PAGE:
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NSSF holding on to Sh750m from unknown contributors

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NSSF acting managing trustee Anthony Omerikwa blames the suspense account on employers who fail to make monthly returns. PHOTO | FILE

Summary

  • The National Social Security Fund (NSSF) was holding the cash in a suspense account as at June 2015.
  • The act is in breach of Kenya’s pension rules requiring all schemes to maintain proper records identifying the worker and amount contributed.

The National Social Security Fund (NSSF) is holding Sh748 million from unidentified contributors, putting a section of workers at risk of missing out on pension pay upon retirement.

The State-run pension scheme was holding the cash in a suspense account as at June 2015, which is in breach of Kenya’s pension rules requiring all schemes to maintain proper records identifying the worker and amount contributed.

“The management should liaise with the respective employers to eliminate and prevent further accumulation of the suspense balance,” said Auditor-General Edward Ouko who issued a qualified opinion on NSSF’s latest books of accounts.

A qualified opinion means there are gaps in book-keeping, hence not providing a true picture of the scheme.

The revised NSSF Act came into force in January 2014 and subjects the public scheme to rules stipulated by the Retirement Benefits Act and the industry regulator.

“A scheme shall cause to be kept records of the account of every member and all transactions in respect of each member shall be duly recorded,” reads Rule 28(2) of the Retirement Benefit Schemes regulations. The mountain of cash comes on top of the Auditor General flagging NSSF for wasteful spending amounting to 3.73 per cent of total assets hence breaching the legal two per cent ceiling.

NSSF’s bulging waistline saw returns to pensioners shrink to an all-time low of 3.0 per cent last year from 12.5 per cent of 2014.

READ: NSSF spends half of employees’ contributions on administration

Retirement Benefits Authority chief executive Edward Odundo has ordered NSSF to reconcile its records and avert possible plunder of the cash whose owners remain mysterious.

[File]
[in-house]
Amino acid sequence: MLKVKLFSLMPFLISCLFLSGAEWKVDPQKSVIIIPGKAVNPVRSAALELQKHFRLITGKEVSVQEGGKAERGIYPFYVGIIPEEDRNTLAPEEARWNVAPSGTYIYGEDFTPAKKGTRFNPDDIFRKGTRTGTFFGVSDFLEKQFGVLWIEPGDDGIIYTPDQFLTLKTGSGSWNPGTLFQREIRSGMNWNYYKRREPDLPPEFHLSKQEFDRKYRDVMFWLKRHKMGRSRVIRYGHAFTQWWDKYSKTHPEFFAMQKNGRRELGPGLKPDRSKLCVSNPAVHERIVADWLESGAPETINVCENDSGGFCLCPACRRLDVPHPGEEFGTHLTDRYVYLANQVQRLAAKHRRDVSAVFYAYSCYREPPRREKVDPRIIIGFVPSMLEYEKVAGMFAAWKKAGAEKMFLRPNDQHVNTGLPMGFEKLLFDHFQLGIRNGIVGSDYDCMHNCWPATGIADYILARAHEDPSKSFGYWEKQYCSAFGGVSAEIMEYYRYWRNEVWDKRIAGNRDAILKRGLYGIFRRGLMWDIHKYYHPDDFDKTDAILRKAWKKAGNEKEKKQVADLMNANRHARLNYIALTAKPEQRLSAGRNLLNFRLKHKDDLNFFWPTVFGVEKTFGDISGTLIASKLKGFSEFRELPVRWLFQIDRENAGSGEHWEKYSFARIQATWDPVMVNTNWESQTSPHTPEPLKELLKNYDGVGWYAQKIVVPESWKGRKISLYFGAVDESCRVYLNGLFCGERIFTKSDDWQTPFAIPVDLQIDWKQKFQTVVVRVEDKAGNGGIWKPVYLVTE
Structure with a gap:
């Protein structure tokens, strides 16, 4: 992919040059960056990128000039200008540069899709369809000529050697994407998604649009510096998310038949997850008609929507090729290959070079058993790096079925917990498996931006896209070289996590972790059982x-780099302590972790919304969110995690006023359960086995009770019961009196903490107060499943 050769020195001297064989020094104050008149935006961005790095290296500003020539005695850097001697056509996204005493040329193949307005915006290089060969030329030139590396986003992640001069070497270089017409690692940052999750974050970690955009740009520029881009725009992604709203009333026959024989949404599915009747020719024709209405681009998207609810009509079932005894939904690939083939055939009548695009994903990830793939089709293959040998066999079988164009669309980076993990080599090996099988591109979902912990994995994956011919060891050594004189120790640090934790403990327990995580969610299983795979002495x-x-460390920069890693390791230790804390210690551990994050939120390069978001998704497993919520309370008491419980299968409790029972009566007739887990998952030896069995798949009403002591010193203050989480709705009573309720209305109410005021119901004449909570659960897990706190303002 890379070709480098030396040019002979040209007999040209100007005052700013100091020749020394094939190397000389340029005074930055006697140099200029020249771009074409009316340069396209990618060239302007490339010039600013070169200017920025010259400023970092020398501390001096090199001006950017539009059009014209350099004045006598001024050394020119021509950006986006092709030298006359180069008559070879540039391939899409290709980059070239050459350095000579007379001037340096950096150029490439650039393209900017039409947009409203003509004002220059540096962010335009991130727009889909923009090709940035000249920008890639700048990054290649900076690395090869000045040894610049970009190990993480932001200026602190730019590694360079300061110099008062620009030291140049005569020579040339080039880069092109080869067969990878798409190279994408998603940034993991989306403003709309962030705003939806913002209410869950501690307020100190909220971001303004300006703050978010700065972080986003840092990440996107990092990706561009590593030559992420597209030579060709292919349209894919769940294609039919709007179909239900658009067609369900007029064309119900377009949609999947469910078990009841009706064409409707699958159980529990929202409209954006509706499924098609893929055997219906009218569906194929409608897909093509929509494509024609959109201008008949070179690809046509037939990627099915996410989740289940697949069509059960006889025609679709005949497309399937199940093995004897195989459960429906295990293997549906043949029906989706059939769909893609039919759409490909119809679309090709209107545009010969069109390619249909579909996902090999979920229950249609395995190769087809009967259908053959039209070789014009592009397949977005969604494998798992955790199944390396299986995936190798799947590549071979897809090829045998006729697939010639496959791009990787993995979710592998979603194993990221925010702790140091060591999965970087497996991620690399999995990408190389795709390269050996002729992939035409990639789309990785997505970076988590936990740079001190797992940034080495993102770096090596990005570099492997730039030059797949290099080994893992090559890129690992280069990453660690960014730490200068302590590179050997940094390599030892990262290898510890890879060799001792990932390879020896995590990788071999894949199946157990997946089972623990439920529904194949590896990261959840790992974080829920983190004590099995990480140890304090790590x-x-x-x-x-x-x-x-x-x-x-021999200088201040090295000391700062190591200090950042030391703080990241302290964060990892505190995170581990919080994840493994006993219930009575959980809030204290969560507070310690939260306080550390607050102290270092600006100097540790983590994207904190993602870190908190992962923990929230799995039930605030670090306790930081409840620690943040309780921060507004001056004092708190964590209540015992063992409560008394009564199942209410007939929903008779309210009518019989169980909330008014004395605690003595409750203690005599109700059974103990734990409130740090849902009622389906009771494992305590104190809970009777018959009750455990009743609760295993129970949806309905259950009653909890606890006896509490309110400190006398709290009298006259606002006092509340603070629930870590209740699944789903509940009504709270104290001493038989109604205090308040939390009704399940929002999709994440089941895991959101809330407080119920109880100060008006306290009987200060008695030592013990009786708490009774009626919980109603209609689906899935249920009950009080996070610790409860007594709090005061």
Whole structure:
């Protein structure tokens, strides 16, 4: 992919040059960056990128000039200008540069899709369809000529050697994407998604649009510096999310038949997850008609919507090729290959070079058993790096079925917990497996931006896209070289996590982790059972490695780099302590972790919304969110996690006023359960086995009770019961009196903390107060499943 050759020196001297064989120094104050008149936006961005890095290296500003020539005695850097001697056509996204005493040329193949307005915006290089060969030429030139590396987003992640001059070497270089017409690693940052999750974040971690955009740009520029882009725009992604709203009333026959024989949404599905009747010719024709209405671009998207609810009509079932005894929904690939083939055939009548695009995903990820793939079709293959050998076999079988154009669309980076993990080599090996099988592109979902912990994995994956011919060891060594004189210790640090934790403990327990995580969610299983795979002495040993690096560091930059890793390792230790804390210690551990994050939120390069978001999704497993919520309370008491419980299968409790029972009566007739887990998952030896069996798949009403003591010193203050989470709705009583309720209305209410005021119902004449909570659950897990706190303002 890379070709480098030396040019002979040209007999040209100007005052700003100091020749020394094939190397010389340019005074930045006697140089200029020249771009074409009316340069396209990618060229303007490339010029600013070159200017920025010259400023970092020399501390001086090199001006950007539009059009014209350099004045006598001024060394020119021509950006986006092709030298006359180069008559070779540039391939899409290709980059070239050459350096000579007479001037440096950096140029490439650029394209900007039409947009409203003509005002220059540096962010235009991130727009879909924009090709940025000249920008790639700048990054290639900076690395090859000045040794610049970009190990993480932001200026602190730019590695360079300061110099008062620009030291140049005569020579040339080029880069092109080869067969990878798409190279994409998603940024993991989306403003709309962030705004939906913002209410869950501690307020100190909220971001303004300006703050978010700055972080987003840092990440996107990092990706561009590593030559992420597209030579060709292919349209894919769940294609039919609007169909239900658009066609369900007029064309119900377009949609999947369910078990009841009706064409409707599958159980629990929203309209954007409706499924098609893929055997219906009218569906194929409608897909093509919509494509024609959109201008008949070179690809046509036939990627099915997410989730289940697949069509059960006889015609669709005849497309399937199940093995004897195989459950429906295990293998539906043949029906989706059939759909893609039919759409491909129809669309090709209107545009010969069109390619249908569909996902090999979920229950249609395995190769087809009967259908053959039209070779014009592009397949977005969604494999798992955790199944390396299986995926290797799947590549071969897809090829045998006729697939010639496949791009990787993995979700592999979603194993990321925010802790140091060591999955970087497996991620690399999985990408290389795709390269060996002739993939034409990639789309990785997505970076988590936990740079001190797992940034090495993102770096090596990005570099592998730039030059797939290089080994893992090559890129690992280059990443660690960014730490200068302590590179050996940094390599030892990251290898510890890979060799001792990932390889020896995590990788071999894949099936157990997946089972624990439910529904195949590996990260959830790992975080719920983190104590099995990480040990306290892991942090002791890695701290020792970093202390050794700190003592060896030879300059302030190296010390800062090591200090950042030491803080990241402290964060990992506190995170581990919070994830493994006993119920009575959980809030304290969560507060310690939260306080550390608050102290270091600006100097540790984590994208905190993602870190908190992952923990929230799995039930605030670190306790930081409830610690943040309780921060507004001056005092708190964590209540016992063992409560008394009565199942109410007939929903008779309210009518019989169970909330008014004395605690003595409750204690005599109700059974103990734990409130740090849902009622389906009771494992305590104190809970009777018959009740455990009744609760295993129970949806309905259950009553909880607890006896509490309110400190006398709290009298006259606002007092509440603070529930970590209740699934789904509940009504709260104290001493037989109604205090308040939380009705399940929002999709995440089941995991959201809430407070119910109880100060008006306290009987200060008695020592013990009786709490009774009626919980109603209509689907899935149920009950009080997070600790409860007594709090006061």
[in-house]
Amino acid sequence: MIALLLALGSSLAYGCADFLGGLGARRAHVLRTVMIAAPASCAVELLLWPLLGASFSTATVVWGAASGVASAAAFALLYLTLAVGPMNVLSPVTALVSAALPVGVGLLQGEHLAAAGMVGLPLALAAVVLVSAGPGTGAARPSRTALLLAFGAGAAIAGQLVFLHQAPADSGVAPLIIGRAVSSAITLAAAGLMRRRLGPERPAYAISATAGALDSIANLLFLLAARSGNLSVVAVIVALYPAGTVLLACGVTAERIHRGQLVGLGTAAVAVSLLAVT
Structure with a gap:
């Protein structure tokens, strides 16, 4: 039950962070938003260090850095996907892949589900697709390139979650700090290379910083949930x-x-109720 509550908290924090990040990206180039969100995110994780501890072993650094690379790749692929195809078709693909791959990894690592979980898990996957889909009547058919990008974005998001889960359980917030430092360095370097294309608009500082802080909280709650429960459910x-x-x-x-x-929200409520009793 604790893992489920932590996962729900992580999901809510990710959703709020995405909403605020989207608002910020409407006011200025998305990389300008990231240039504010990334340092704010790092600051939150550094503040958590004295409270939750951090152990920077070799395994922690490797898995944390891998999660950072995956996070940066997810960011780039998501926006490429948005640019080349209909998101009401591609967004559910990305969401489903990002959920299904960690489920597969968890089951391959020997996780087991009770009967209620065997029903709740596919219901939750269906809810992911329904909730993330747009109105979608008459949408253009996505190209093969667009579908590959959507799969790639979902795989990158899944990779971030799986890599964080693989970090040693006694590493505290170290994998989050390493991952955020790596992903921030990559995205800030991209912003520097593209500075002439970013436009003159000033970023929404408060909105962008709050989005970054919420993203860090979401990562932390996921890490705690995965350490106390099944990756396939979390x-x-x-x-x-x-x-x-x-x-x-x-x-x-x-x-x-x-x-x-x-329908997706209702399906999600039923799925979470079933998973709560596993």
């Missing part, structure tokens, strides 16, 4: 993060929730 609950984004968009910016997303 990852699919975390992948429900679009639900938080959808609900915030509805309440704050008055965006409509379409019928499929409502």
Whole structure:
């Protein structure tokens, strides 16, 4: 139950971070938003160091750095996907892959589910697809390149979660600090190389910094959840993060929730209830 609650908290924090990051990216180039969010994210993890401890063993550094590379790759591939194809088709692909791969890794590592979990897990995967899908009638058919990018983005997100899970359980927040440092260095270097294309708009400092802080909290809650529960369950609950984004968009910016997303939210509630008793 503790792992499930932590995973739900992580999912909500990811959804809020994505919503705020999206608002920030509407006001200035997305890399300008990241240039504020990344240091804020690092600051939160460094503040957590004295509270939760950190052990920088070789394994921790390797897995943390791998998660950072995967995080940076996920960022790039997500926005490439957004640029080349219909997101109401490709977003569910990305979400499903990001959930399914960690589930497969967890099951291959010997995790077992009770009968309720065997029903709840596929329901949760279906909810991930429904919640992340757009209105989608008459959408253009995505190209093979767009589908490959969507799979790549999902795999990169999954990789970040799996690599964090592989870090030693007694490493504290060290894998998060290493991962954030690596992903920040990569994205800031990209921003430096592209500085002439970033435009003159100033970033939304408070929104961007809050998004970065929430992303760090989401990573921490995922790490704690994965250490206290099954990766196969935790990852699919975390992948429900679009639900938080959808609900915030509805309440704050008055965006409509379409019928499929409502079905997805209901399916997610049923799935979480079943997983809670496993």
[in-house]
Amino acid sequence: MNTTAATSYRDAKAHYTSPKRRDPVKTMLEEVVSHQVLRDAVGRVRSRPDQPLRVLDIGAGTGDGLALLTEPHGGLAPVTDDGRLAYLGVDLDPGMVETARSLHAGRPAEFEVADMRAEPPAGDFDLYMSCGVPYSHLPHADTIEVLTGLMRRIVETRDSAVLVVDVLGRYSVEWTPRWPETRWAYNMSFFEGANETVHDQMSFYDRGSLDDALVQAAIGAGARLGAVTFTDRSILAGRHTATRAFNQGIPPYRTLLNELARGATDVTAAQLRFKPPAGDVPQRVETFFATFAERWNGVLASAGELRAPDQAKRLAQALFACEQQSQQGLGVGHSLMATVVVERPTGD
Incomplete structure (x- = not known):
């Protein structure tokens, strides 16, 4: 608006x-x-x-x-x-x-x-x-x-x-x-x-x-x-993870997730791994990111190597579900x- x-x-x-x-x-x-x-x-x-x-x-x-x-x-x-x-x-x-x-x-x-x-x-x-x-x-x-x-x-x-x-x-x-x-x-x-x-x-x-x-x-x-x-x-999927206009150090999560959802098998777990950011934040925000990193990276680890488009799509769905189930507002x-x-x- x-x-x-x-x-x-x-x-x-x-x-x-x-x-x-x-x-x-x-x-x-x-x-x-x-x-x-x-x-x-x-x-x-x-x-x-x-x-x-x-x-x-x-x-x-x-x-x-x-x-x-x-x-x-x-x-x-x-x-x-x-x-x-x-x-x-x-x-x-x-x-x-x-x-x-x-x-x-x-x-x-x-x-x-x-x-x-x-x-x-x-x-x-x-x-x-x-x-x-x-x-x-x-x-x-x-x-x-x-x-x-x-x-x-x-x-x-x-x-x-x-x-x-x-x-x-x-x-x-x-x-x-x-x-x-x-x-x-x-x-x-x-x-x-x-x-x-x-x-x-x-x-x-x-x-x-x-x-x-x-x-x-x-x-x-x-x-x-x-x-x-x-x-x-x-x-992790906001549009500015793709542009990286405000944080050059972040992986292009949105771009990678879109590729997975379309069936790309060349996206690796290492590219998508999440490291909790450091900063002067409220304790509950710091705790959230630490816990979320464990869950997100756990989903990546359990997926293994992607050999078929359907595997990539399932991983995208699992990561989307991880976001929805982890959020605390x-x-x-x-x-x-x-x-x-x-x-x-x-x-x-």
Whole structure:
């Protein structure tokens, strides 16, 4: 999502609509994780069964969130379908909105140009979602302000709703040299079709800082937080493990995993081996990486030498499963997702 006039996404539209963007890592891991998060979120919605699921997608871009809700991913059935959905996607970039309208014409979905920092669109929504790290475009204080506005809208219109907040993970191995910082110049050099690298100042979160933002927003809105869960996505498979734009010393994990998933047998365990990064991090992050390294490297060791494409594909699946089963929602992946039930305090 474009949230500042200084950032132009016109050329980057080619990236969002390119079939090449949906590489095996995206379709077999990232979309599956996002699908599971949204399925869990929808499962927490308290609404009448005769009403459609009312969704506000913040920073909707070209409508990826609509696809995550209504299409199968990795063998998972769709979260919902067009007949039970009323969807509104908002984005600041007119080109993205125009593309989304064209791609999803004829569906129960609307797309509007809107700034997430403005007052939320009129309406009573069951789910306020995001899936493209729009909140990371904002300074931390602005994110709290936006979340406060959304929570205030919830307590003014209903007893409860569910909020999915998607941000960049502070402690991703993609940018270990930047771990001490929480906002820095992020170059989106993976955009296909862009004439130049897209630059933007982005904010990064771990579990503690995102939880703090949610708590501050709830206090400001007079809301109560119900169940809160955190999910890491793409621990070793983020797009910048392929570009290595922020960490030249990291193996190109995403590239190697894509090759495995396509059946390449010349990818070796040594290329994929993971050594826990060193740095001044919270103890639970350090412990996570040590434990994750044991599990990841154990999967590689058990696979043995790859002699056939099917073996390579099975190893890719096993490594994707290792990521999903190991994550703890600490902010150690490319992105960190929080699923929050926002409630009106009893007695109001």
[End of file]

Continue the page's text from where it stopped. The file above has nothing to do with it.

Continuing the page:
“We’ve put our foot down. They must look for these people and bring the amount to zero,” said Dr Odundo.

The regulator reckons some of the ghost contributors are casuals or those who temporarily lost their jobs or lack permanent addresses hence their accounts are not updated.

NSSF acting managing trustee Anthony Omerikwa blamed the suspense account on employers who fail to make monthly returns, or make erroneous submissions in terms of names and member number.

“These funds are kept in this suspense account and are accessible to the contributors once their employers/sponsors avail the records,” Mr Omerikwa said in a statement.

He added that the public scheme is banking on technology to eliminate the existence of any funds from unknown workers.

“We have enhanced member registration process whereby member numbers are now auto-generated by the fund’s social security and pension administration system e-platform hence eliminating non-capturing of member numbers in the system,” said Omerikwa.

The volume of cash from faceless contributors to NSSF topped Sh6.5 billion in the period to June 2010 and dropped to Sh5.9 billion as at June 2012.

NSSF’s suspense account held Sh2.4 billion in June 2014, indicating a massive drop to the Sh748 million as at June 2015, the latest financials released.

The new NSSF law converted the hitherto provident fund into a pension scheme and raised monthly fees equally met by workers and employers to a high of Sh18,450 from the current Sh400. The new rates are yet to take effect due to a court case.